This past weekend I learned a new-to-me Yankee idiom. Apparently, we are having what is described as a "dividing rain." It's a term used to describe the rain that comes between the seasons of summer and fall and heralds the commencement of autumn's rainy season (as if our summer hasn't been rainy enough!). It's generally a week of steady downpours that brings down the autumn leaves before we've had an opportunity to enjoy the full flush and peak of their vibrant colors and beauty.
So what do I do to cheer myself up? I bake! I went to our local library and borrowed several cookbooks, one of them entitled 150 Best American Recipes by Fran McCullough and Molly Stevens. I think I want to try virtually every recipe in the book and it's one I'm going to look to buy when I'm next at Border's.
Is it possible to have too much of a good thing? I leave that for you to answer. This recipe will make either 12 or 18 buns. Because I was craving something sweet for breakfast and because I was feeling extravagant and because I don't have two 9 inch by 13 inch pans, I went with twelve buns. As you can see, four buns almost spill over a cake plate, and one bun generously fills a dessert plate. These buns are huge!
You will need a good sized space to roll out this dough (it's rolled into an 15 inch x 20 inch rectangle). The dough is absolutely gorgeous to work with. For those who are familiar with working with yeast breads, you'll know what I mean when I say the dough was soft and silken after kneading.
A frosted cinnamon bun used to be my all time favorite and these buns really are very good. Would I make these again? It's quite likely. This recipe calls for a ton of butter and cinnamon sugar, which I found I did not completely use. I ended up saving nearly a cup of the cinnamon-sugar mixture in a jar to use on cinnamon toast. If you like deadly sweet and gooey then by all means go for it, grins, and use the entire amount. I never thought I'd hear myself say it, but yes, for me, there can be too much of a good thing.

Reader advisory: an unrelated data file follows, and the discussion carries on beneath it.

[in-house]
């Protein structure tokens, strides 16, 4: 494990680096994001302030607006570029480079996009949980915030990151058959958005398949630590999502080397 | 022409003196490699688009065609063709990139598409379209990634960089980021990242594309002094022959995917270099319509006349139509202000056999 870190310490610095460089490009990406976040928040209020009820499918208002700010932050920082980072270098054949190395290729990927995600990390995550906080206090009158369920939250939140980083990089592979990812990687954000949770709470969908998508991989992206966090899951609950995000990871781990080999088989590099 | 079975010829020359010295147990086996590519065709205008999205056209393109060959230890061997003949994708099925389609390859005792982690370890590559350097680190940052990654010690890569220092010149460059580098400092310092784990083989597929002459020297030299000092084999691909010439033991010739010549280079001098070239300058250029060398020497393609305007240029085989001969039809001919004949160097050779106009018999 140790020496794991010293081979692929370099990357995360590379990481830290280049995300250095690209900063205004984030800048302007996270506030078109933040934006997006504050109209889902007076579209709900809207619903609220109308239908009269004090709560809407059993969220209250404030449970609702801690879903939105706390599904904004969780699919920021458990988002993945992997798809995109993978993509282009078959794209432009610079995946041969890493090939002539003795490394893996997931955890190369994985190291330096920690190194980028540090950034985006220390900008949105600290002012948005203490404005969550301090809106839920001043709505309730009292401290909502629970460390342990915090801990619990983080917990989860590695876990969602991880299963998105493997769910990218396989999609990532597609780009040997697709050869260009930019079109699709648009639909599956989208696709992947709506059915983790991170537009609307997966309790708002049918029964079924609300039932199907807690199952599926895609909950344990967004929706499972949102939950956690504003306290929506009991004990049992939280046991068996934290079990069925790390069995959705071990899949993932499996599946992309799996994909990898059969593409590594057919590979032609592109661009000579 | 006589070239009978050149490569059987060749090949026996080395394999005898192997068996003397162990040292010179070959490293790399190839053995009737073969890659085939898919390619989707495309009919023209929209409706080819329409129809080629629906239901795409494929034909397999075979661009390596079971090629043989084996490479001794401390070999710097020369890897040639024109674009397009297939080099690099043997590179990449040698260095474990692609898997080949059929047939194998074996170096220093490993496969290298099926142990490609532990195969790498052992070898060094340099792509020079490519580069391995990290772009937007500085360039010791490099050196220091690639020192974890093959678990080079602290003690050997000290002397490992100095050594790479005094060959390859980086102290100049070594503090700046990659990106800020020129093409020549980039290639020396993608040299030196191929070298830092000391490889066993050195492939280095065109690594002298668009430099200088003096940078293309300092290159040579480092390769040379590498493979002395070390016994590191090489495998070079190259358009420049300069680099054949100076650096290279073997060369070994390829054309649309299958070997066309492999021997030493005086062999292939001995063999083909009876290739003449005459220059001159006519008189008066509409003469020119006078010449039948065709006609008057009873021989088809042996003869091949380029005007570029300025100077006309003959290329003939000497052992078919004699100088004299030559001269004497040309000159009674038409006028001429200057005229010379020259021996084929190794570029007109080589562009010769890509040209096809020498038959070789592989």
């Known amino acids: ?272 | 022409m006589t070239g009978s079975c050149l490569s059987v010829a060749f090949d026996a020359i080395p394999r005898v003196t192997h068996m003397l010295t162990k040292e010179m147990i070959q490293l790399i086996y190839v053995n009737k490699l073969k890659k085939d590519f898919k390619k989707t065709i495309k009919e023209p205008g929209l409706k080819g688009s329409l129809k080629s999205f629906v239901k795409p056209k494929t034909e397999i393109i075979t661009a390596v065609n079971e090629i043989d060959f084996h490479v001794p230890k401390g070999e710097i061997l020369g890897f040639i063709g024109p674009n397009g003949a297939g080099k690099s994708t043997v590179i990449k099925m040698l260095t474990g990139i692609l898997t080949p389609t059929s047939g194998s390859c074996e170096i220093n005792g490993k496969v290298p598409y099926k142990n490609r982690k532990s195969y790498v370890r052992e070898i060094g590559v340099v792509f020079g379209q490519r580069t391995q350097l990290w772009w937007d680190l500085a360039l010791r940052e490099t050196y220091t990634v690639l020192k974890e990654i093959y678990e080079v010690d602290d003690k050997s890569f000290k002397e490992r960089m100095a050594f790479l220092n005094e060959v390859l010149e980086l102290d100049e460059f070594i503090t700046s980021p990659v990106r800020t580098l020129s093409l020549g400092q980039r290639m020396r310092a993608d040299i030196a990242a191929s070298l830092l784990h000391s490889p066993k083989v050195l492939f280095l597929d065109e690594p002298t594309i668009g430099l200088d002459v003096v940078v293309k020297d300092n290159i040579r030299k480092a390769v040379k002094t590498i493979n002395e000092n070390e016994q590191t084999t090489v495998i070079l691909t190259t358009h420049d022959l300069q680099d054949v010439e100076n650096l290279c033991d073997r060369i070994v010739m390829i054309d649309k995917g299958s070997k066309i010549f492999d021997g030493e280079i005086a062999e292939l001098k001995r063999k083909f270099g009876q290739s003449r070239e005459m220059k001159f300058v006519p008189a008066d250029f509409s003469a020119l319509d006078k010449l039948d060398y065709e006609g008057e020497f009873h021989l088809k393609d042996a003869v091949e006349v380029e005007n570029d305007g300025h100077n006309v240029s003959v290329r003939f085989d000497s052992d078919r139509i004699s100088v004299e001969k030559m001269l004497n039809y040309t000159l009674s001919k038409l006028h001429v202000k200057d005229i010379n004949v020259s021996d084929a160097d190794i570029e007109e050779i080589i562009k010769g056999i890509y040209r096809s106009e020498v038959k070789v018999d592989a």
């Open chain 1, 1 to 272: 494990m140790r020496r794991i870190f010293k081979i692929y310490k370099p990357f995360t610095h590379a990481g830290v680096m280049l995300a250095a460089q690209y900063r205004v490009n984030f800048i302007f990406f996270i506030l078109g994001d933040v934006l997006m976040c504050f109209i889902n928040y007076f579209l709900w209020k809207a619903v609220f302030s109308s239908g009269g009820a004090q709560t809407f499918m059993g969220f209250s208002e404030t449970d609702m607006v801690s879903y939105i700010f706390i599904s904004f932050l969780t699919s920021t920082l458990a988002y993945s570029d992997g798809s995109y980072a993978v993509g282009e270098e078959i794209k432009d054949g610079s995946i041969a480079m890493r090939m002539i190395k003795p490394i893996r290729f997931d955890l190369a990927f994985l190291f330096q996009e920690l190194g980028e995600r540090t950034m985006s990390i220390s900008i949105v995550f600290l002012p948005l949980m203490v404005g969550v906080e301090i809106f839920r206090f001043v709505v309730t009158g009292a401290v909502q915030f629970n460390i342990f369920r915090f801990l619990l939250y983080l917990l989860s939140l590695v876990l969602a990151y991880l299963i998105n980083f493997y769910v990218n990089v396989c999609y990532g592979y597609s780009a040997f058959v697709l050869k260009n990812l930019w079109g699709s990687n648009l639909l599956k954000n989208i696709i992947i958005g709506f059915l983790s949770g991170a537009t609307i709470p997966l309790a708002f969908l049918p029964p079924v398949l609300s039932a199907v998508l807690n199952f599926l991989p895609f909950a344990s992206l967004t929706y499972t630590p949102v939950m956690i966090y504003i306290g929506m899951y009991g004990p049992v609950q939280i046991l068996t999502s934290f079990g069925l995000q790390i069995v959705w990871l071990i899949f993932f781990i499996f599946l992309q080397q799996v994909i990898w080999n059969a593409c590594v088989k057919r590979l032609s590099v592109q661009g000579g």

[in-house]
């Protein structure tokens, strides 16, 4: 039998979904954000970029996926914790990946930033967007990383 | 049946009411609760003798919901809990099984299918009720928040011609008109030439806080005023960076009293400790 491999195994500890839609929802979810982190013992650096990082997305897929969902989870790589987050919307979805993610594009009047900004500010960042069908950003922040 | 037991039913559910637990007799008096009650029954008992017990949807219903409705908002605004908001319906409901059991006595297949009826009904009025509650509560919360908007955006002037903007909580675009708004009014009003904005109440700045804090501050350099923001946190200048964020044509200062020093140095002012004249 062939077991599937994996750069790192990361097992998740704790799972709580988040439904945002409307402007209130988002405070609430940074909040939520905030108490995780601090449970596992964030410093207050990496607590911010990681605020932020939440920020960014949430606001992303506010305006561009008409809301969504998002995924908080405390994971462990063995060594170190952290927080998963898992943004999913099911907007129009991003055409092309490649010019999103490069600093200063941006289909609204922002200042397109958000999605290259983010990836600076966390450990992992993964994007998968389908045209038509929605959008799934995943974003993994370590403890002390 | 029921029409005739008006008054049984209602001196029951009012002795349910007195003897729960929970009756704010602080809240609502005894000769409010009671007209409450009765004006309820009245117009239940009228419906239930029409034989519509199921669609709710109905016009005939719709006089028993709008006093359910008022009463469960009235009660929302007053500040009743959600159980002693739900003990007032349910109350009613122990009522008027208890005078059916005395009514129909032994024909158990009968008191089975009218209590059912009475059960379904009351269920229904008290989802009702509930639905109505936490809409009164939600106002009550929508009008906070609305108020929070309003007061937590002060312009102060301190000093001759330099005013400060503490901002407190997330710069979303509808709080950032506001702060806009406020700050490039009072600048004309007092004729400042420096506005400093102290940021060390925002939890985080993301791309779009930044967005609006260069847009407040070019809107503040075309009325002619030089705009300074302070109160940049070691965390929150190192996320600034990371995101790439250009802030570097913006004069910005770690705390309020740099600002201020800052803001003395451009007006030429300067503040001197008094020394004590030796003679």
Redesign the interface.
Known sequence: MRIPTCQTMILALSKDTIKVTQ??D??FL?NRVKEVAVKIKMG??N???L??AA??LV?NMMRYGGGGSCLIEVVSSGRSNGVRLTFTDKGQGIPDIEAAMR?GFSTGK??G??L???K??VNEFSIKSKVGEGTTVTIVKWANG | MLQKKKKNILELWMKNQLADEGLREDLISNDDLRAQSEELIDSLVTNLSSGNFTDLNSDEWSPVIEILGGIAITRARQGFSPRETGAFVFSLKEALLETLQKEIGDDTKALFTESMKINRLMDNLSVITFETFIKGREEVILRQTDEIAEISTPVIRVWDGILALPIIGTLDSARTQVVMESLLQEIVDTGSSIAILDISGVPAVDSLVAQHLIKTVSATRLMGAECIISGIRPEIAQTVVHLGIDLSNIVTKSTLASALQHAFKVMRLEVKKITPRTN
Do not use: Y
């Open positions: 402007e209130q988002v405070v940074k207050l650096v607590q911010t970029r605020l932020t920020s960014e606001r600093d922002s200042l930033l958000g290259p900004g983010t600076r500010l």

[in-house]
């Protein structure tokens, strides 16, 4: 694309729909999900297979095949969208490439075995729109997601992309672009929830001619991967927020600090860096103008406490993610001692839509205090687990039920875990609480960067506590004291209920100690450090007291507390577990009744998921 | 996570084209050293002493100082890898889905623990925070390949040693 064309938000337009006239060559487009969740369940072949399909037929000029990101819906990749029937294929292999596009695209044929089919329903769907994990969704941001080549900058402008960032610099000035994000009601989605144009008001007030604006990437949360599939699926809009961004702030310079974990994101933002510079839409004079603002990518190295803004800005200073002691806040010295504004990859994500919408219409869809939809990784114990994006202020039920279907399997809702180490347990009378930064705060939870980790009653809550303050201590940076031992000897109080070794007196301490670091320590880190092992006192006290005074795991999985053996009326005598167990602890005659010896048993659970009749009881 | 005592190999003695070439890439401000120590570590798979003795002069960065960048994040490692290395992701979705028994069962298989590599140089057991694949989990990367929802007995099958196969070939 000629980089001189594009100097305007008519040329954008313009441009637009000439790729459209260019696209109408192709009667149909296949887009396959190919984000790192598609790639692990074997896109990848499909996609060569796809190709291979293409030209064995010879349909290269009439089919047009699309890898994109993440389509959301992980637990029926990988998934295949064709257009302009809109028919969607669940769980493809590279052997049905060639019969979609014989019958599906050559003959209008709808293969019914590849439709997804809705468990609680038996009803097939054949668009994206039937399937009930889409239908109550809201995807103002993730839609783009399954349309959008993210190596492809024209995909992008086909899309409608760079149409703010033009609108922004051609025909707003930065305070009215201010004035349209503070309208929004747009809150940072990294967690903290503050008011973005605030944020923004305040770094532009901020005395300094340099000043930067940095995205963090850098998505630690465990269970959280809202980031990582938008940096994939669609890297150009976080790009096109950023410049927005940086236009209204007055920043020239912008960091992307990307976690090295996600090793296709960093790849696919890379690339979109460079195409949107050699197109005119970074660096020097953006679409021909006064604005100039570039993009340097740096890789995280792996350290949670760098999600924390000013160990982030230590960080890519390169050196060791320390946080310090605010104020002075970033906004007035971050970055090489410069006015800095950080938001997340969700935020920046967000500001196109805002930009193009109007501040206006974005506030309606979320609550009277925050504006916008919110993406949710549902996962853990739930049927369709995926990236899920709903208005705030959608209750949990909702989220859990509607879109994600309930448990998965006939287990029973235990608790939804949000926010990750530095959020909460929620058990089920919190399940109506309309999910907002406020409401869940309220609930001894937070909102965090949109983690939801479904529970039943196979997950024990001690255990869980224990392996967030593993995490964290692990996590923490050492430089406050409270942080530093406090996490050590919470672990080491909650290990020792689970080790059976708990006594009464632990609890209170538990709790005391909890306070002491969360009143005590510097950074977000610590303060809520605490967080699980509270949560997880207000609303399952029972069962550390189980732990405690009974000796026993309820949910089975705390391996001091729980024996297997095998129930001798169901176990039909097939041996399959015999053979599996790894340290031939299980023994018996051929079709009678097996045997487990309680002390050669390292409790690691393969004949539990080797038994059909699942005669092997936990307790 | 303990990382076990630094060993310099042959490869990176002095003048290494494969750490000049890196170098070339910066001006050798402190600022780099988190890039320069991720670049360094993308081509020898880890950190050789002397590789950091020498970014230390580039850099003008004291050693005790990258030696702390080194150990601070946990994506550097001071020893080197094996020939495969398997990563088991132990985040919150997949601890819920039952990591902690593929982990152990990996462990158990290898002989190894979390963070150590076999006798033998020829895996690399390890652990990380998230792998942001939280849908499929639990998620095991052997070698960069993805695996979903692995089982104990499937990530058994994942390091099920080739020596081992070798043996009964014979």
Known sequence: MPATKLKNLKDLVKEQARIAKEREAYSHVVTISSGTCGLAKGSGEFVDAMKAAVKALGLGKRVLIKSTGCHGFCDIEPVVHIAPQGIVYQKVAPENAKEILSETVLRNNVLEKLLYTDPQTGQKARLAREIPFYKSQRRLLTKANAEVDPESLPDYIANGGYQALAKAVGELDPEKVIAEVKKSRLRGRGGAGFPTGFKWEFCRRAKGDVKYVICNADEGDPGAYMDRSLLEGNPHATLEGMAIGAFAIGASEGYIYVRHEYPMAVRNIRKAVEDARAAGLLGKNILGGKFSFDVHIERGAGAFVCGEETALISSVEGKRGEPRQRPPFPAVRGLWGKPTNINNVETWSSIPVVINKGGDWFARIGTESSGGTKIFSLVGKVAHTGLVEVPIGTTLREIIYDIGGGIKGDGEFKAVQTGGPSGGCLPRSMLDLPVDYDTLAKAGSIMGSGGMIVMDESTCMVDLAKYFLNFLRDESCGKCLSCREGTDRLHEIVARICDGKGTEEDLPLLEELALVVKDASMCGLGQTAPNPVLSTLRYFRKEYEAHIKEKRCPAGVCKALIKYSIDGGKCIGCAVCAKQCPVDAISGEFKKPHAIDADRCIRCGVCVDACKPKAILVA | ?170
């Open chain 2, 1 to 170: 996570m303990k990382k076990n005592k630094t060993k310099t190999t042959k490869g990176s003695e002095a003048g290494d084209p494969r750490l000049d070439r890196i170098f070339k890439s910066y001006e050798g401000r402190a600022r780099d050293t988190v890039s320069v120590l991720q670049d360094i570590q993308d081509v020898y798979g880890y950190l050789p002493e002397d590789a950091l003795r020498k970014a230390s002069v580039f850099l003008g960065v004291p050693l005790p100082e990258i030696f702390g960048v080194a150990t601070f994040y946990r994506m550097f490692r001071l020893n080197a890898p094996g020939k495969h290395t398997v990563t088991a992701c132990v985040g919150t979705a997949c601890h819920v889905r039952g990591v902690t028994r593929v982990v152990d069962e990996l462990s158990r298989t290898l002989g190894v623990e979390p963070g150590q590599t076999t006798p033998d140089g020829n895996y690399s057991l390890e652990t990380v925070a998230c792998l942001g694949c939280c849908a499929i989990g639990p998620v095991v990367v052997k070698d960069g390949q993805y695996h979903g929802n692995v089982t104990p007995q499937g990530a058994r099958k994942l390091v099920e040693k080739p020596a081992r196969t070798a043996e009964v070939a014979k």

For flavor, I much prefer my Lion House Orange Rolls; they're more work, but are still the best breakfast roll I've ever made.
The directions look long and tiresome, but it's not really not so bad once you get into it. Read through them first, get your ingredients ready, and it all goes pretty quickly, with a little down time in between while the dough is rising to do other morning activities. You'll win smiles and Wows! with these.
Cinnamon Buns From Heaven
(The 150 Best American Recipes by Frank McCullough & Molly Stevens
They credit "The Oregonian" as their source)
1 cup warm water (105-115 degrees Fahrenheit)
2 envelopes active dry yeast (4 1/2 teaspoons)
1 teaspoon plus 2/3 cup sugar
1 cup milk, heated to lukewarm
10 1/2 tablespoons (1 1/2 sticks) butter, softened
2 large eggs, lightly beaten
2 teaspoons salt
7-8 cups all purpose flour, more or less as needed, sifted
16 tablespoons (2 sticks) butter, melted and cooled
1 3/4 cups sugar
3 tablespoons cinnamon
1 1/2 cups chopped walnuts (optional)
1 1/2 cups raisins (optional)
10 1/2 tablespoons (1 1/3 sticks) butter, melted and cooled
4 cups confectioners' sugar
2 teaspoons vanilla extract
1/4 - 1/2 cup hot water (using only enough to make a desirable spreading consistency)